Categories: Locksmith

Lock and Key History

locks perthLocks have been around since man first decided he wanted to keep his belonging to himself, about 4,000 years according to evidence of the oldest lock, which was found in the ruins of an ancient Egyptian palace. Lock and key history dates back to a long time ago, but they haven’t changed much over time. Read below for even more Lock and key history!

Other extremely old examples of an early lock have been found in  locations around the world. Although greatly improved over the centuries, the design is recognizable as a pin number or lever lock, the forerunner of the cylinder lock is still commonly used today.

The first Egyptian lock was made up of a wooden bolt that secures a door, with a slot that had several holes on its upper surface. A device attached to the door contained wood pins that would drop into the holes and secure the bolt. The key, which was also wooden, was a large toothbrush-shaped item, whose “bristles” were pegs that specifically matched the holes and pins in the lock. To open the door, the device would be placed into the keyhole located below the pins and lifts. This allowed the pins to be raised, and allowed the bolt to be slid out.


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Locks and keys were used by the ancient Greeks, although in a somewhat different and less secure form than the Egyptians design.The Romans used the idea of the Egyptian lock, but rather than wood; they used iron for the lock and often bronze for the key. Keys were no longer too large to lose (or lift). Some roman keys were even small enough to wear on a finger. Roman locks were also an improvement on the Egyptian model. ‘Wards’ were developed – items inside the lock that demanded a corresponding ‘bit’ on the face of the key. Only the key that was an exact match would be able to turn and throw the bolt.

double locks perthAmazingly, locks barely changed over the next 1,700 years or so. Warded locks were rather easy to pick with the correct tool and some patience. Efforts were made more to confuse or discombobulate the lock picker rather than to re-design the lock. This means that keys were made incredibly complicated, and very ornate. Keyholes were obscured to lock pickers couldn’t easily locate them, and dummy keyholes were designed to waste the intruder’s time.

In 1778, Robert Barron created the double-acting tumbler lock. The tumbler falls into a slot in the bolt that would fall into a slot that yields only if the tumbler is lifted out of the slot at the exact height.

Barrons device was developed further in 1818 by Jeremiah Chubb, who incorporated a spring into the lock that would catch and hold any tumbler that may have been raised too high by a criminal. Not only did this add more security, it had also shown when the lock was tampered with.


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While Barron and Chubb were busy with levers, Joseph Bramah was going an entirely different route in lock development. His safety lock, patented in 1784 was a small metal tube with narrow slots cut into one end. When the key is pushed into the lock, slides are pushed into the slots. They all have to be exactly the right length, as determined by the slots, or the bolt couldn’t be thrown. Bramah was so convinced that his lock was inviolable; he put up a $300 reward (about a $400,000 in today’s money) for anyone who could pick it. More than 50 years later, the reward was claimed by an American locksmith.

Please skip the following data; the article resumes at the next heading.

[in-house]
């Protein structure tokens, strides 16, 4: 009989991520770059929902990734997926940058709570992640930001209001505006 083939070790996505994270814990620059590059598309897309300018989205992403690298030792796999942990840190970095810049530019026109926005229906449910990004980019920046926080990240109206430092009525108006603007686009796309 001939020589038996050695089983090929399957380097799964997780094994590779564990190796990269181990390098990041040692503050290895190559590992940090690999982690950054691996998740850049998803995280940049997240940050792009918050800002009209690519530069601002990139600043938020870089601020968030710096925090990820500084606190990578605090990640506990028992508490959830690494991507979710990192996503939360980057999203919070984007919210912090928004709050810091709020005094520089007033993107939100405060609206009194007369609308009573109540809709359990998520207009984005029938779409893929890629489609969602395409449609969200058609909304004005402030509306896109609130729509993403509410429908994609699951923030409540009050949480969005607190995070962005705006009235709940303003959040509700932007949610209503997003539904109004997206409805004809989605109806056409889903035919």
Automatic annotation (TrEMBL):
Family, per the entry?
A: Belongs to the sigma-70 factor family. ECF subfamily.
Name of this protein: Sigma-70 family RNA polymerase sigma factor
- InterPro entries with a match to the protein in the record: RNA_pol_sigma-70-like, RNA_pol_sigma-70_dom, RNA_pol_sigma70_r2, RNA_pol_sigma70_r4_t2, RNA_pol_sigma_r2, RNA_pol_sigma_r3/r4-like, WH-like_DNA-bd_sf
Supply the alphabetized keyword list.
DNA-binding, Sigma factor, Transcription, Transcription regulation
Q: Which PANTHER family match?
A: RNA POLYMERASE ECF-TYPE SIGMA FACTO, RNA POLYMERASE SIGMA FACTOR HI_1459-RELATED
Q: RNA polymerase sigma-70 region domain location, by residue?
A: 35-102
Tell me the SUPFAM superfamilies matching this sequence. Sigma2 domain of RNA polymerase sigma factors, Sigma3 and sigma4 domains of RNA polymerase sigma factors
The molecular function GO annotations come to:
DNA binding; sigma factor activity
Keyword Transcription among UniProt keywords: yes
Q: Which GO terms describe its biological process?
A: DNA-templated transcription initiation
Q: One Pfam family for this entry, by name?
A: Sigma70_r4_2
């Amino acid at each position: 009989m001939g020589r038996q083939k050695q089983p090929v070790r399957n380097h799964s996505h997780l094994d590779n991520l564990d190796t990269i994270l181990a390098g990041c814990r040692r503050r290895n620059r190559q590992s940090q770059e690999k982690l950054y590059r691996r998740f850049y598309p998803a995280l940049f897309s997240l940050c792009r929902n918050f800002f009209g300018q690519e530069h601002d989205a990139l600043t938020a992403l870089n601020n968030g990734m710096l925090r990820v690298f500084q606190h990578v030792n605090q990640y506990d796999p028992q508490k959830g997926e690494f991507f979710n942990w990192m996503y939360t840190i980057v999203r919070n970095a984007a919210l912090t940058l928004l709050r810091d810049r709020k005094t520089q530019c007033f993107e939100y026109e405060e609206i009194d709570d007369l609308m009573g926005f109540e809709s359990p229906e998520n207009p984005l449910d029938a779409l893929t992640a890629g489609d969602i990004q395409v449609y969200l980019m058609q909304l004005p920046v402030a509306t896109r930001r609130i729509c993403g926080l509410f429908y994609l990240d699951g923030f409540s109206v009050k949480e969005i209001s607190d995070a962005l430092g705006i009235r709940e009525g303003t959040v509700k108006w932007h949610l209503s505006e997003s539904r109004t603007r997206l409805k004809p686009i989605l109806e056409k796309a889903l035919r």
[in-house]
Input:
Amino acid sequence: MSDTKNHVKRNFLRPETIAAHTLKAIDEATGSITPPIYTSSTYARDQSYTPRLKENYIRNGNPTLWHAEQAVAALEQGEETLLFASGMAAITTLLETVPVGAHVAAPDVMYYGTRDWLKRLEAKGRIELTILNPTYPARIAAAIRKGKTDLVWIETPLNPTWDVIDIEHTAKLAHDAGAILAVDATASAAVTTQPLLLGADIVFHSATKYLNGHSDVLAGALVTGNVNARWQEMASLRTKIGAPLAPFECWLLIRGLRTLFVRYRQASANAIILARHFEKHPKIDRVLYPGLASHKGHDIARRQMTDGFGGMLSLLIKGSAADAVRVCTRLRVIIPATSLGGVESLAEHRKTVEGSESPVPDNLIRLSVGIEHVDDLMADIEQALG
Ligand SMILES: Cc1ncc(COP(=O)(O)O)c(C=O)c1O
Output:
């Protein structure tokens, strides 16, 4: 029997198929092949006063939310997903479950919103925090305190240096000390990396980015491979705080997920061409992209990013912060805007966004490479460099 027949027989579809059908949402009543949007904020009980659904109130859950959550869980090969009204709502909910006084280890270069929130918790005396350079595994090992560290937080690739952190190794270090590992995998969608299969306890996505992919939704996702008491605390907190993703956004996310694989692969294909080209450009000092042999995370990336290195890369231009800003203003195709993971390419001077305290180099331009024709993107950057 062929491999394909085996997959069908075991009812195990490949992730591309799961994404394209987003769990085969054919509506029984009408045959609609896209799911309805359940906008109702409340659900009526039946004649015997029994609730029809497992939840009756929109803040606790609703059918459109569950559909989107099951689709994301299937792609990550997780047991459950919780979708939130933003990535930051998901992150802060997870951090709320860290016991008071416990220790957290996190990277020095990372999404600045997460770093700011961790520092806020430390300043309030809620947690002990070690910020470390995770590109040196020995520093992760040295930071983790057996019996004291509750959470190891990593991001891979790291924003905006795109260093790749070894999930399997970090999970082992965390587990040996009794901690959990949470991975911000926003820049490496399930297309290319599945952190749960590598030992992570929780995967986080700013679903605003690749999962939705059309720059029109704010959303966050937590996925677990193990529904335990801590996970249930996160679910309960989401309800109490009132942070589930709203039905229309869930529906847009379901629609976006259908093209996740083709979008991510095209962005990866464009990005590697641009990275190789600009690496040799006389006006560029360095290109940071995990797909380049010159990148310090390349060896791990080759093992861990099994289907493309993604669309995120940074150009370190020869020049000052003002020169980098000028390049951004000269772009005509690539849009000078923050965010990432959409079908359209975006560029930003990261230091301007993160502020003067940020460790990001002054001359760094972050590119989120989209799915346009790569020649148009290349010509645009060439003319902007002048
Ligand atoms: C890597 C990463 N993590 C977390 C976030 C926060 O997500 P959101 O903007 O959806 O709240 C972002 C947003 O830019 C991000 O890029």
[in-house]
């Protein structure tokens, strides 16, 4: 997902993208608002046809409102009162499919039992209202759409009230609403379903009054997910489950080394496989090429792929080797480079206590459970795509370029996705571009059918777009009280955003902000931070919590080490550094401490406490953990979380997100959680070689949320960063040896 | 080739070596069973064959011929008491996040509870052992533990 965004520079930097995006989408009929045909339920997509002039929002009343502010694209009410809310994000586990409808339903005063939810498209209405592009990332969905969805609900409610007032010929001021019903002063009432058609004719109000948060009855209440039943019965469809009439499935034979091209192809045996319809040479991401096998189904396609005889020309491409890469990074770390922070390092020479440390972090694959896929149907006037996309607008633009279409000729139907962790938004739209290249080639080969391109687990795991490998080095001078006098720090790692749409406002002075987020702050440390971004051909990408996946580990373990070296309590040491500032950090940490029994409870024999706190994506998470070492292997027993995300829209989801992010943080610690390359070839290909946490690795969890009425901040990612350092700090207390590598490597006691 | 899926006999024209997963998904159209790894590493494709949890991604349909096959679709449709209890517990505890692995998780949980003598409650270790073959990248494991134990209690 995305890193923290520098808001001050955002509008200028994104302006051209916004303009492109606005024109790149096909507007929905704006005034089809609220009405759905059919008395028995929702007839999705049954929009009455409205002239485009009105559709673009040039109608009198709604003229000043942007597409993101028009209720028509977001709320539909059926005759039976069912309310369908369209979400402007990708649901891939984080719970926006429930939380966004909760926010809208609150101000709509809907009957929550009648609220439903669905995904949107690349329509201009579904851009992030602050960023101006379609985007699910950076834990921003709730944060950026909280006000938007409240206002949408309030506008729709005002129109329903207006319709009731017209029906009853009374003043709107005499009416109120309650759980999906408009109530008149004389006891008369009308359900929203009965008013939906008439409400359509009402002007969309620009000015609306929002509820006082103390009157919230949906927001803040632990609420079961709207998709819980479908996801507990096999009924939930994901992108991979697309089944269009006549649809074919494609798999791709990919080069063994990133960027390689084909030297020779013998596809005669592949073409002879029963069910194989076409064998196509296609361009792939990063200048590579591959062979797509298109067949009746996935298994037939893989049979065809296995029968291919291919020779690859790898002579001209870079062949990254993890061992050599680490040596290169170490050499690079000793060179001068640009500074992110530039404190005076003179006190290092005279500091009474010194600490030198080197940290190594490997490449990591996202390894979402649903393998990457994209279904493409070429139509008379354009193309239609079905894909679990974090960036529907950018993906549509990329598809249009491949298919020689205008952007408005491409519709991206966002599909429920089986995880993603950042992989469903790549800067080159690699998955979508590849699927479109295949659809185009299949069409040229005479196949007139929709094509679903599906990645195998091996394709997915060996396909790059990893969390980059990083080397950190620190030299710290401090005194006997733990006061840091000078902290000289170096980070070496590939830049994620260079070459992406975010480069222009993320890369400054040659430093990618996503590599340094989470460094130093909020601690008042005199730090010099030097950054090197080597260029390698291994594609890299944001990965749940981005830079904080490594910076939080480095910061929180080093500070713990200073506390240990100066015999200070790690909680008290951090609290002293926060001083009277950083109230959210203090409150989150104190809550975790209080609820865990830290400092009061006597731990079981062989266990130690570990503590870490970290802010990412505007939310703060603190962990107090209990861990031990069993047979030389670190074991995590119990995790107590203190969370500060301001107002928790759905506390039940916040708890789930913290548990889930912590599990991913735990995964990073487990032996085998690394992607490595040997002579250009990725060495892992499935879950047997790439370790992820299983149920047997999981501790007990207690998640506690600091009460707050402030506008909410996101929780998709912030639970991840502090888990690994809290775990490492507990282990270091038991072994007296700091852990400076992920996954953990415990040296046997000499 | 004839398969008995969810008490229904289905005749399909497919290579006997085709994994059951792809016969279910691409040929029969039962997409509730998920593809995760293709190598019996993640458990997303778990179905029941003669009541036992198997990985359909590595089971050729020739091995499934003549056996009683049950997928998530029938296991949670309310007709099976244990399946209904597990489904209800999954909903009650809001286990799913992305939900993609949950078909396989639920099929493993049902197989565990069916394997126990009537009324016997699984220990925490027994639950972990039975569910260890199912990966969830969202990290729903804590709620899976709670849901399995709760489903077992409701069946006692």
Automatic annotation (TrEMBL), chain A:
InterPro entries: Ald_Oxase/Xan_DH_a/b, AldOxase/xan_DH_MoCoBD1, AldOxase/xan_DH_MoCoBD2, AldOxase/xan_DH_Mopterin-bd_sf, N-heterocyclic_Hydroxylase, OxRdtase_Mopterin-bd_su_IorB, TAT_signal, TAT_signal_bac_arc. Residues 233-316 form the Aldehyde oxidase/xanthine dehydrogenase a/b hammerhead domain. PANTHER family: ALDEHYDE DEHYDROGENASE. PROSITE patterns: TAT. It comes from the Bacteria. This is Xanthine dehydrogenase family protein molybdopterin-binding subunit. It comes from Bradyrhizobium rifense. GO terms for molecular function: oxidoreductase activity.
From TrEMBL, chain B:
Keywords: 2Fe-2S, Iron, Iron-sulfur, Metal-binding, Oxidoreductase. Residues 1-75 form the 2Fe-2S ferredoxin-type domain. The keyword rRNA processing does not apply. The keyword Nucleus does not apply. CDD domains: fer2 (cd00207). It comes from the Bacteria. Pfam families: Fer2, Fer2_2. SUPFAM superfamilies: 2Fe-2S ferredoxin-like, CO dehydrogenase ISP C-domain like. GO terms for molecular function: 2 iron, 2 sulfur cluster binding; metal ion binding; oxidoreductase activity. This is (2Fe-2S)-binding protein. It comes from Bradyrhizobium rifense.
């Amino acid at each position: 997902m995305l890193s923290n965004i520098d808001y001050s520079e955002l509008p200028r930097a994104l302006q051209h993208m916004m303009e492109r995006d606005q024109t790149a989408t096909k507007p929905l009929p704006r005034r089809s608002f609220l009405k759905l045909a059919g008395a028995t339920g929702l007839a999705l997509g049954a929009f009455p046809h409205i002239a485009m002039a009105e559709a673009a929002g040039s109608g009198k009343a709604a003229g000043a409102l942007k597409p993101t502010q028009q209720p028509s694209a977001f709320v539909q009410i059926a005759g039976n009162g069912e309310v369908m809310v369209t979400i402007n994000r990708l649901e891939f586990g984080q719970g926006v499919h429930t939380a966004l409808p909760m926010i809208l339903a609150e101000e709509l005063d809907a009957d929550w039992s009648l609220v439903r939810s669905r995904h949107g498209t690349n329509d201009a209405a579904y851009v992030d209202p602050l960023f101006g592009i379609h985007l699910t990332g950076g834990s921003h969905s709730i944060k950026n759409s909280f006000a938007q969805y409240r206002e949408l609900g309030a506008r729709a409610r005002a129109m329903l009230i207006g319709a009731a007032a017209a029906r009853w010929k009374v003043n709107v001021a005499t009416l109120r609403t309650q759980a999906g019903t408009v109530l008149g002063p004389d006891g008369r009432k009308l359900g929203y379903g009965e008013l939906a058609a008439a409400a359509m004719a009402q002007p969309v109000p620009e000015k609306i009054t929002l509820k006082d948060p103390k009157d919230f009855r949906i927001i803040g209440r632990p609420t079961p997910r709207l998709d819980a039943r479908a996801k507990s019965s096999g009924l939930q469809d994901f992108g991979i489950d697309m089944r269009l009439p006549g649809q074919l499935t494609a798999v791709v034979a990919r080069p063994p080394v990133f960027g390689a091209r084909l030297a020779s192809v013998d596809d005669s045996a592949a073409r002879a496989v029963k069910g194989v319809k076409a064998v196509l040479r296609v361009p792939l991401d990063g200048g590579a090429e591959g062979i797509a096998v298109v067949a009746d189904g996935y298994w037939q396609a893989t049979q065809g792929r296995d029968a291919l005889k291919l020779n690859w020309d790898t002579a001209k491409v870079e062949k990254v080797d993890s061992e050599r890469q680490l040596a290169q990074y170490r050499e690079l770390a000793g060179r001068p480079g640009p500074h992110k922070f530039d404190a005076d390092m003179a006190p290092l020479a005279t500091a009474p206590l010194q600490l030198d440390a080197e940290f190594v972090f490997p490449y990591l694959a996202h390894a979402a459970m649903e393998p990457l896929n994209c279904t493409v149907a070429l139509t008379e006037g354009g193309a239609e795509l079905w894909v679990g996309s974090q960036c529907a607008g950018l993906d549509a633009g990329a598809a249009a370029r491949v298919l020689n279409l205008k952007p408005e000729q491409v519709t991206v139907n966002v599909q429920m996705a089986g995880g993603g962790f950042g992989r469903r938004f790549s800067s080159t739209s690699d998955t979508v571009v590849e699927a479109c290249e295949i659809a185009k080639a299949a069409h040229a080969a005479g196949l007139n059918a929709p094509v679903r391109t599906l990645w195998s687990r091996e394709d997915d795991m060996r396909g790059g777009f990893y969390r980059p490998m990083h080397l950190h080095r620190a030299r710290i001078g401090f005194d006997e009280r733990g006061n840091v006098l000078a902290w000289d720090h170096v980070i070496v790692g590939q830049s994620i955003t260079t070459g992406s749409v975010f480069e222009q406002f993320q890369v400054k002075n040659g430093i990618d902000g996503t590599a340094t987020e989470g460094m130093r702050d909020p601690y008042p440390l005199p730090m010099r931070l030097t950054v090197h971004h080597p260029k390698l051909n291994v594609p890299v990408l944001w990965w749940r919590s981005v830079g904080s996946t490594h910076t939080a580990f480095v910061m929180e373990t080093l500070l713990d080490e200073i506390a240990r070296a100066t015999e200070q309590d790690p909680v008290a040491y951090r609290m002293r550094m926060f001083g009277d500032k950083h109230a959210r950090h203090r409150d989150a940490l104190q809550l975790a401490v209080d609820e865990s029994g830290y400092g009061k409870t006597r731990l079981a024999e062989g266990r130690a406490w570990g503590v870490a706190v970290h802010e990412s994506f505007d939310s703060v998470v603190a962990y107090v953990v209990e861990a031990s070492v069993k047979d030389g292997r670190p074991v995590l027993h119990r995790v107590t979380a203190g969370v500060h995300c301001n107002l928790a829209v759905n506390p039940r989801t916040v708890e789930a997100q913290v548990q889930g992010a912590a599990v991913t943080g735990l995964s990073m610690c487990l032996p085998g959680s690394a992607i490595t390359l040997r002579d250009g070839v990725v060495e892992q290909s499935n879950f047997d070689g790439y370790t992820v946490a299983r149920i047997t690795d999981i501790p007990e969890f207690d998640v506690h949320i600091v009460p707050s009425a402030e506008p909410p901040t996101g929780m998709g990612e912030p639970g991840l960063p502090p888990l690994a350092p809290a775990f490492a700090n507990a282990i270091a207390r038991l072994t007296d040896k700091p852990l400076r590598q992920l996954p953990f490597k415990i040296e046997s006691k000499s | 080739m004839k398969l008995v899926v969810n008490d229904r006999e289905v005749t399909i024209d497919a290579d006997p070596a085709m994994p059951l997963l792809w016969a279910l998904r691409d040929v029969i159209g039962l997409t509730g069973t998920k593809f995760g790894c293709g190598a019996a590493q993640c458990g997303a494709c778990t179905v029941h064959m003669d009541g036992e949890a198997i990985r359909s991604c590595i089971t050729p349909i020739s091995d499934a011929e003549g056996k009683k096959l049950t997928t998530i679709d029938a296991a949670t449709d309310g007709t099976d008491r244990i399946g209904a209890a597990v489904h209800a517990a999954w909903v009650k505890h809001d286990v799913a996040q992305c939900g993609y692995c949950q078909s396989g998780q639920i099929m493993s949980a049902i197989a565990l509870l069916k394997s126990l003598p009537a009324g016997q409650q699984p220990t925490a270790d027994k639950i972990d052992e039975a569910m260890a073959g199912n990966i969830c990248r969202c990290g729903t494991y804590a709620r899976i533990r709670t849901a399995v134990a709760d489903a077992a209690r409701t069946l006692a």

The middle of the nineteenth century there was huge activity in lock development. It was all based largely off of Bramah’s cylinder lock or Barron as well as Chubb’s lever locks. Meanwhile,  in the US during 1848 Linus Yale, and later even his son, also named Linus, patented and  greatly improved the Yale compact cylinder lock, which was based loosely on the earliest pin-tumbler Egyptian model. Even today, the Yale lock is one of the most commonly used domestic locks.

lock and key perthLocks were not only engineered for the domestic market, and they didn’t always require a key to open them. Around the end of the nineteenth century, and with demand from frustrated banks and businesses threatened by criminals who only had to show firearms to get ahold of safe keys or combinations from scared staff, James Sargent created a lock that incorporated a clock which would only allow a safe to be opened by a pre-set time.

The combination lock originated in the 17th century, but by the 1870’s it was proving to be an incredibly useful security device for safes or vaults. The bolt mechanism can be released only when the proper series of numbers or letters are rotated on a dial outside of the lock. Each correct move of the dial lets an array of slots in rings threaded on a central spindle to line up, thus releasing the bolt.

Any good locksmith will tell you that if a thief wants something bad enough and has the time, resources, and knowledge to get it a lock won’t keep them out. Criminals thwarted by impressible locks looked for other ways to get inside a safe, and decided to blow the doors off the safe instead.


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To combat this, safe makers introduced a second series of bolts into the door. Any explosion will automatically bolt the door closed using  the locking device.

In spite of some phenomenal innovations in lock engineering, most locks that are used today are still based off of the Bramah, lever, Yale and combination models. Keys have progressed as well; some now open a lock using magnets rather than serrations. Master keys, although the may seem like it, are not magic. They are careful arrangements of wards, so a master key and be shaped to avoid the wards in locks it masters.


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